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Remodel of Fire Station 46 preparing to be ‘shovel ready’

The proposed design for the remodel of Arlington’s Fire Station 46 in downtown Arlington designed by Carletti & Architects P.S. features cornices and brick with awnings to create a modern look reminiscent of Arlington’s historical buildings.  -
The proposed design for the remodel of Arlington’s Fire Station 46 in downtown Arlington designed by Carletti & Architects P.S. features cornices and brick with awnings to create a modern look reminiscent of Arlington’s historical buildings.
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ARLINGTON — Using $500,000 left over from the North Olympic Avenue project, the city is planning to remodel its first fire station, Fire Station 46, on MacLeod Avenue in downtown Arlington.

They hope to get the balance of a $1.5 million budget from the federal stimulus package.

“We heard there is money for fire stations,” said the city’s assistant administrator in charge of capital projects, Paul Ellis.

“We are close to being shovel ready,” Ellis said.

“Shovel ready” is one of the criteria for funding from the federal government to provide jobs and keep people working. The city sent a list of projects including the fire station remodel, its Waste Water Treatment Plant, and other projects to the Puget Sound Regional Council, which will be responsible for distributing stimulus funds around the region.

Acting as the city’s Design Review Board, the Arlington Planning Commission reviewed a proposed design for the remodel by Carletti Architects P.S. at its Feb. 19 meeting.

The remodel would provide a 3,900-square-foot fire station building on the existing 0.9 acre. An expansion of the south end of the existing building to two stories would accommodate living space for the 24-hour shift firefighters and paramedics. The current administration building will be removed to make room for a new vehicle parking area and the existing truck bays would be renovated, according to planning commission documents.

The current fire station was built in 1961 when the fire station was moved from City Hall.

After members of the planning commission commented that the proposed new building looks like a Starbucks, Peter Clinton of Carletti & Architects P.S. said it was a conscious decision.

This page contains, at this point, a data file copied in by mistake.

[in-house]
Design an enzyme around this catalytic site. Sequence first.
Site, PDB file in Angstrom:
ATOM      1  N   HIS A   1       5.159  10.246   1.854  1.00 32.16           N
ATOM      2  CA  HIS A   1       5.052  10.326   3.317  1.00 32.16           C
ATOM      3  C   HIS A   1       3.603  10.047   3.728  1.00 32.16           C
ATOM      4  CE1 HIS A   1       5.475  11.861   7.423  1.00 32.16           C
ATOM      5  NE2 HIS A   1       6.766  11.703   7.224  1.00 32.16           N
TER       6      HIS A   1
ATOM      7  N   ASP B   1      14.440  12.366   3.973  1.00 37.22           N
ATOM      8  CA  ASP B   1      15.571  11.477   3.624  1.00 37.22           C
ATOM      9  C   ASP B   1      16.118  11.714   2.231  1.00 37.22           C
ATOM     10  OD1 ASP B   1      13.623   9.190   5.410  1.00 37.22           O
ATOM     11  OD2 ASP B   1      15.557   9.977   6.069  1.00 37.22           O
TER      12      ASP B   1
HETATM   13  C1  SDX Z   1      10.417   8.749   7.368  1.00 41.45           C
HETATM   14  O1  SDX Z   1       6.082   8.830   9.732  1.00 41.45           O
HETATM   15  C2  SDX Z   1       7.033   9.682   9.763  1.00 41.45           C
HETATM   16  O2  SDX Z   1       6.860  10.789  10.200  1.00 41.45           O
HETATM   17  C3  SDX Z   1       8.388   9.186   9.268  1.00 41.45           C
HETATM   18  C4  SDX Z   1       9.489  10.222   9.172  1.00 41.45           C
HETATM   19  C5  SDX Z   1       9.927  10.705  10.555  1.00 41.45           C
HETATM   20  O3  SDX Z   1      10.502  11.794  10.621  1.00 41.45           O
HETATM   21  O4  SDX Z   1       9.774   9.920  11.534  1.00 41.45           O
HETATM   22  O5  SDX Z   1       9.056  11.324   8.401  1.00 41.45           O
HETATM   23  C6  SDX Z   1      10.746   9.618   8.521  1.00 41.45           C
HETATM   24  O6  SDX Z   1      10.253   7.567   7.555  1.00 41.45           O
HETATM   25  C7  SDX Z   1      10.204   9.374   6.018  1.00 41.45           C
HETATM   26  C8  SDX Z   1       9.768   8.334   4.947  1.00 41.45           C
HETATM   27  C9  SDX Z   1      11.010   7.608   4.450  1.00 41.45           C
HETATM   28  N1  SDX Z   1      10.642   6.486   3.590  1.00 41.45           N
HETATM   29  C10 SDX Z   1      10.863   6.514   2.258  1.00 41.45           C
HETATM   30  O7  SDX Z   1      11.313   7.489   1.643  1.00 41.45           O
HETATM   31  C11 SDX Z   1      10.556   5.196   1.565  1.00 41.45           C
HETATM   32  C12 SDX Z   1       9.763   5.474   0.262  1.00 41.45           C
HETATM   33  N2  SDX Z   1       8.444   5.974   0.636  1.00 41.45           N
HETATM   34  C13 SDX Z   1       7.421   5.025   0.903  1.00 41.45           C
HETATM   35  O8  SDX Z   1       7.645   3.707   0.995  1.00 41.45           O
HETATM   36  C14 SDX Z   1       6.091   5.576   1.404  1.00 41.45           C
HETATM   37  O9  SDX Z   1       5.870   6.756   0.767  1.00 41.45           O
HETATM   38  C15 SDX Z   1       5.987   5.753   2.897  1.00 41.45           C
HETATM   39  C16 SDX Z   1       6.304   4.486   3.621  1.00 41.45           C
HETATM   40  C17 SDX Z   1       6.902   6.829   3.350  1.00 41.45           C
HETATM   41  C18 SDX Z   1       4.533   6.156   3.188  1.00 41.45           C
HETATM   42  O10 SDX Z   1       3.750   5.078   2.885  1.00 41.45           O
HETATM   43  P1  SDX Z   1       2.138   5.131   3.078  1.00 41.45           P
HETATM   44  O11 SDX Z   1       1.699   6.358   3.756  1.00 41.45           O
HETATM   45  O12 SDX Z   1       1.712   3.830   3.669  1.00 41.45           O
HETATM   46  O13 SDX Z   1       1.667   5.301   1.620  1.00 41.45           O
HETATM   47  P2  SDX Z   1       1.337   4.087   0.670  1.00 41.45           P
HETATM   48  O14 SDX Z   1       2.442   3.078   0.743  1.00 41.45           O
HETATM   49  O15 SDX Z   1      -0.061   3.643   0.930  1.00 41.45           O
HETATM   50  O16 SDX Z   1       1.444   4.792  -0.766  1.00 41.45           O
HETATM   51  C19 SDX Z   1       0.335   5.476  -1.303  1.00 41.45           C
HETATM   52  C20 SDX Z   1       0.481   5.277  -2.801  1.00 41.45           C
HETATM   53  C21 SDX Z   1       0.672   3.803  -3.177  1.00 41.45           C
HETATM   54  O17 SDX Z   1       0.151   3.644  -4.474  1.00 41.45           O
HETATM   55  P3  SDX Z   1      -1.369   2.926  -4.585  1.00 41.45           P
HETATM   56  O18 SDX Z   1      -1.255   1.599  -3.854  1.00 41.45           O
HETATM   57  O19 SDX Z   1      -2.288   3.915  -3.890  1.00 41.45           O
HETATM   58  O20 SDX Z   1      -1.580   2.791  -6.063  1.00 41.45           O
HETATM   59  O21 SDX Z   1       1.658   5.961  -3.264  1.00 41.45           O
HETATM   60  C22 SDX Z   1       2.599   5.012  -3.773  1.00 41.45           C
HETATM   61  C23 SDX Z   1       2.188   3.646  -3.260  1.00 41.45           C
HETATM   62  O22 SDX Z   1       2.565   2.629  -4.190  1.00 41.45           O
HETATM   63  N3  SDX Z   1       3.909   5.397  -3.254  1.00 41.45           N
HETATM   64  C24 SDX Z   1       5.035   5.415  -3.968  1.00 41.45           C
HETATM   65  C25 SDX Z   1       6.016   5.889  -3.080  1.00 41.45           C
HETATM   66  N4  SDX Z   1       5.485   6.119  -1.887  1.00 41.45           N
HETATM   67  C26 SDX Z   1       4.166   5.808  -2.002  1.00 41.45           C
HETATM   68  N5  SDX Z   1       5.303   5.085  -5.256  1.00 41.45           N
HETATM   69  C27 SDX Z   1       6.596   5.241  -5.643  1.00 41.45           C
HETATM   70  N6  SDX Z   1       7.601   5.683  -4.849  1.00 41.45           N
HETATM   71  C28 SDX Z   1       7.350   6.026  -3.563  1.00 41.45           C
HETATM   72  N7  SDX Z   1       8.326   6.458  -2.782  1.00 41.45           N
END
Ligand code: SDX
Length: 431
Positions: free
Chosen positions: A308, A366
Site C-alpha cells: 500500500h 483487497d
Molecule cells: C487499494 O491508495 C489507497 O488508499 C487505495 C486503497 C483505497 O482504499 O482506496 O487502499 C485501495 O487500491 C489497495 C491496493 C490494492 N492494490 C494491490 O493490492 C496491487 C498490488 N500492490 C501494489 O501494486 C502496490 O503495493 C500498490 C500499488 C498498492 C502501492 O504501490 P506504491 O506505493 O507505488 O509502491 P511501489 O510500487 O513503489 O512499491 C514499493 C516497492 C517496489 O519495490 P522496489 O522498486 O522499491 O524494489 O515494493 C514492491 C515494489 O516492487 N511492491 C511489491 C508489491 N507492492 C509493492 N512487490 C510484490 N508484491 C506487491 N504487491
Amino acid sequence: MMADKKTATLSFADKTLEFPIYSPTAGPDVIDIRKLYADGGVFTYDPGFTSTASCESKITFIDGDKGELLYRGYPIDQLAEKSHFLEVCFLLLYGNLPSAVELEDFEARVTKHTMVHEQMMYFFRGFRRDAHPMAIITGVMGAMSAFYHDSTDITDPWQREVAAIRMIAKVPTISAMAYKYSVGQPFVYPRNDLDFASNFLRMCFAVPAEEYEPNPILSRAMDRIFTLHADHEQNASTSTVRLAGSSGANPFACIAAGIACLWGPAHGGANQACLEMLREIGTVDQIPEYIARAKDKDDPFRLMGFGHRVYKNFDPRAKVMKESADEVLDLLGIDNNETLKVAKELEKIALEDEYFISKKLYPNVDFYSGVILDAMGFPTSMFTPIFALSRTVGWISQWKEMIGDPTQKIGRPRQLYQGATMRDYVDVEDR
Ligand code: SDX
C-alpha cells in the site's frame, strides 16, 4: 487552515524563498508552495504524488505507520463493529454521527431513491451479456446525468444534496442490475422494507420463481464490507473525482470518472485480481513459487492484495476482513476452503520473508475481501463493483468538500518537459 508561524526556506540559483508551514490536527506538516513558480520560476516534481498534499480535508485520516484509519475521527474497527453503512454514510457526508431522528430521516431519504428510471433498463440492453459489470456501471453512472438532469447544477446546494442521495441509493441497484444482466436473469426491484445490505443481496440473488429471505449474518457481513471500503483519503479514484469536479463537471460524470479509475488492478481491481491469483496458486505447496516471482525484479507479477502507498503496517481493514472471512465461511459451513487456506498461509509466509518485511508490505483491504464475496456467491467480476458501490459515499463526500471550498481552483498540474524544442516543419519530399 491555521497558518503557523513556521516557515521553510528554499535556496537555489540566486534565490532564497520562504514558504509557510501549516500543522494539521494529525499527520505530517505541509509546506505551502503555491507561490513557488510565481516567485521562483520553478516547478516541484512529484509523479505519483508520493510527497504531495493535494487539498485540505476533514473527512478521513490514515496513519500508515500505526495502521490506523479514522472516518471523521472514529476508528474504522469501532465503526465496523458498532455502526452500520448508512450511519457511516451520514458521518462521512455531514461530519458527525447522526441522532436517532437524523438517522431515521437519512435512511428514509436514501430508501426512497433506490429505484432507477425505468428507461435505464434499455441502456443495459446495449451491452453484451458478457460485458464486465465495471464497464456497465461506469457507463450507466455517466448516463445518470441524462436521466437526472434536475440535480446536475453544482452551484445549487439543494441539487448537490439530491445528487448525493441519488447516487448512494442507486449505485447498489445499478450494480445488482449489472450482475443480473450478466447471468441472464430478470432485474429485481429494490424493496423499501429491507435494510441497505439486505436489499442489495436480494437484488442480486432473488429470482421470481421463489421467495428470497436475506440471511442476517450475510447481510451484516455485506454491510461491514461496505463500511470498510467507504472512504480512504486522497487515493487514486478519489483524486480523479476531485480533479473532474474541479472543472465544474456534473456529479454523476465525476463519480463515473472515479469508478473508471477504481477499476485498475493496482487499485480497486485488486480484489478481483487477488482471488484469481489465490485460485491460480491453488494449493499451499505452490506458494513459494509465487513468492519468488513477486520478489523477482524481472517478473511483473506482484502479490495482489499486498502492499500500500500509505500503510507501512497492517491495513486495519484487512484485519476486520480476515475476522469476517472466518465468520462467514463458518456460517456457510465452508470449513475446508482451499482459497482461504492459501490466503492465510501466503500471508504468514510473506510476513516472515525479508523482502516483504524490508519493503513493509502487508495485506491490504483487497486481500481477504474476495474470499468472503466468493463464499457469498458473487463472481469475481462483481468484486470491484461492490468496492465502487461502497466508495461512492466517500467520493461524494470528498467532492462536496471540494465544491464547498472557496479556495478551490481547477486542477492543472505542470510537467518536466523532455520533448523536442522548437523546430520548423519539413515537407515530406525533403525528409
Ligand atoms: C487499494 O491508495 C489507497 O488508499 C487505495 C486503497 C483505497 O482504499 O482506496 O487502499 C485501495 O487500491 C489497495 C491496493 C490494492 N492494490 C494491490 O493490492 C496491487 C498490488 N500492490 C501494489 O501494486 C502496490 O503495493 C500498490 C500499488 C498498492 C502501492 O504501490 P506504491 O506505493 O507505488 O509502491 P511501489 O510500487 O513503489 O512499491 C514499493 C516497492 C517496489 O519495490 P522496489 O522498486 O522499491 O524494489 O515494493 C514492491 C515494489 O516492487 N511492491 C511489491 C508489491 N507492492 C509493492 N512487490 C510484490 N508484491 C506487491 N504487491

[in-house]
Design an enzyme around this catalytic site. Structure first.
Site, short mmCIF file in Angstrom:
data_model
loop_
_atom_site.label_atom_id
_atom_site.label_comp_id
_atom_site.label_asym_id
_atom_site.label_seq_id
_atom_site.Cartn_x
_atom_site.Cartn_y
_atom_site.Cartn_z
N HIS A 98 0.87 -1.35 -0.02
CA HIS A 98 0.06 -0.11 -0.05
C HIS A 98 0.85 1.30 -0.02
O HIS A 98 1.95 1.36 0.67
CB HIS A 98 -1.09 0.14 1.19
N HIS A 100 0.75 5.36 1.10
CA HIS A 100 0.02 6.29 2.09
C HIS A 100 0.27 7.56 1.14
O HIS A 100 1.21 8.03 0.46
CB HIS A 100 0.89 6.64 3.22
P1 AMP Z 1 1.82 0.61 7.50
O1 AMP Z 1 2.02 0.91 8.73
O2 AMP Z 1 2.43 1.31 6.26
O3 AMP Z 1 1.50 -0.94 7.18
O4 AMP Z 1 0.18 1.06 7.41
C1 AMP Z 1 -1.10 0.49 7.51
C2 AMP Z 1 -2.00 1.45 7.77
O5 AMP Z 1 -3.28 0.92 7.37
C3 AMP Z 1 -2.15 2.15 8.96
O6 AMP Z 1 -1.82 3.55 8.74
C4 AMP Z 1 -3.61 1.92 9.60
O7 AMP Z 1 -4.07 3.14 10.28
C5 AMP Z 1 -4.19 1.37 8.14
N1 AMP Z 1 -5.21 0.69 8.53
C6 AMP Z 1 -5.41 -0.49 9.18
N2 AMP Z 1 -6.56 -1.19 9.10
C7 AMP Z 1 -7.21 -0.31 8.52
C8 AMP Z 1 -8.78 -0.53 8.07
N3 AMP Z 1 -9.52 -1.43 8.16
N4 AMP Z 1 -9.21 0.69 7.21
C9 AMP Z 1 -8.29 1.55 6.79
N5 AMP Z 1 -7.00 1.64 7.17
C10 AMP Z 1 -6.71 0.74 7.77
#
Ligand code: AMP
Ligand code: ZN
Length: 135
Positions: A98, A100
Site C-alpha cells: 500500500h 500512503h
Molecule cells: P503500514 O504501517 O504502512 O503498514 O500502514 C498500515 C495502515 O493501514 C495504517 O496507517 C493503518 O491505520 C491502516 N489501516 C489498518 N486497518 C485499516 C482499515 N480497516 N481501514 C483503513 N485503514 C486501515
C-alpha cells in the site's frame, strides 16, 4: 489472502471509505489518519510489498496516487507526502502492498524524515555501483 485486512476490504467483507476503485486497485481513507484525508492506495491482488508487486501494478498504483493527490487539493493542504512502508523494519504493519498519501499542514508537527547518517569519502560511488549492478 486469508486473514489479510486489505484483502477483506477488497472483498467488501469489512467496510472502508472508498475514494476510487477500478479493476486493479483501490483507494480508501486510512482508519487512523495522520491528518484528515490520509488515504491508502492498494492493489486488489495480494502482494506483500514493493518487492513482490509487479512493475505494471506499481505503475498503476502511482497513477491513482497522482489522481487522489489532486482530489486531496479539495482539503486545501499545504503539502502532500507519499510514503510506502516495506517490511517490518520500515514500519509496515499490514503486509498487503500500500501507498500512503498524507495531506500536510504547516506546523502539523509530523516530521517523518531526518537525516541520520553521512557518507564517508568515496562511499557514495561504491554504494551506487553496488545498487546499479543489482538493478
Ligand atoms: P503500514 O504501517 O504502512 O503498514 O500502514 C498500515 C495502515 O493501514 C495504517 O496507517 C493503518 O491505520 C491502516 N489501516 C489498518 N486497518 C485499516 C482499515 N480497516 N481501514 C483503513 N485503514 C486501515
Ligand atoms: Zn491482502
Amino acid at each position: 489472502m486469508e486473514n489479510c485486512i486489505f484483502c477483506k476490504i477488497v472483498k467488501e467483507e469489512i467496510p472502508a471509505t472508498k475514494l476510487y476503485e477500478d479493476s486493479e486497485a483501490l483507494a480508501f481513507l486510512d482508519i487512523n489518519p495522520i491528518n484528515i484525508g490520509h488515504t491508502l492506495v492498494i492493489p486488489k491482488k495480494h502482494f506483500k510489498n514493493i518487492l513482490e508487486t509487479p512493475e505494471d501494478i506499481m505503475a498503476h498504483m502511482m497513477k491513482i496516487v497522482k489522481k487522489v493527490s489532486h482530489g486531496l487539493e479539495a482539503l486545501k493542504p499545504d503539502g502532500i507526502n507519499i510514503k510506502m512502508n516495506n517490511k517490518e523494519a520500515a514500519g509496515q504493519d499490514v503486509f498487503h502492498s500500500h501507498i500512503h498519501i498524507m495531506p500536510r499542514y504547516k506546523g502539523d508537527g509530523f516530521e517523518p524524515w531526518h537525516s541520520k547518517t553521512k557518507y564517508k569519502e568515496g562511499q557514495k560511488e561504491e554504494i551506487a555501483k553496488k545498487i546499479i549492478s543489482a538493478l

“We wanted it to be upscale and modern while reminiscent of the historical buildings in town,” Clinton said.

“We designed the living space so it will be flexible for other uses,” he added.

Indeed, it is the vision of city officials to design the building to be adaptable for future needs, if and when two new fire stations can be built. Long-range plans include a new station in west Arlington to serve Smokey Point Boulevard to Island Crossing and later on, another new station to serve downtown, east Arlington and the Brekhus Beach annexation area, Ellis said.

The proposed location at the southwest corner of Arlington airport has been dropped as the site for the next fire station serving west Arlington, said assistant Fire Chief Tom Cooper and community development director David Kuhl.

“With the annexation of Island Crossing, it makes more sense to have a fire station on Smokey Point Boulevard,” Cooper said.

“Eventually we would downgrade or decommission the current fire station 47 on the east side of the airport,” Ellis said. The cleared site at the airport will be available for lease, Ellis added.

He also explained the new trees planted on the edge of that lot along 172nd Street.

“They tried doing selective logging and leaving the good trees, but there was only eight good trees and they were so scattered it was decided they would not be safe,” Ellis said. “We didn’t want any big trees falling down on 172nd Street so we removed the big trees and replanted the buffer.”

Other shovel ready projects

The city’s public works director, James Kelly, has other plans for stimulus funds, along with the Waste Water Treatment Plant.

“We are just getting ready to hire consultants to start planning the final phase of the 67th Avenue project,” Kelly said. While that project is clearly not shovel ready, Kelly believes it could be shovel ready for the next round of stimulus funds in 180 days.

“We are getting close to choosing one of three proposals as we speak,” Kelly said Feb. 19, about the last section of 67th from Cemetery Road north into downtown. It has been surveyed and Kelly hopes to have a 30 percent design concept done by August.

The last phase of 67th is very important to downtown, Kelly said.

“This needs to be a gem of a project,” he said. “It’s the south access to downtown for cars and the trail. It needs a theme.” He said they have already started meeting with property owners along the route.

He admits there are a lot of demands for the stimulus funds.

“We need to be prepared,” he said.

Kelly is also preparing to design the storm water wetland project which is a continuation of the WWTP project.

“We are planning a public meeting in March to discuss design.”

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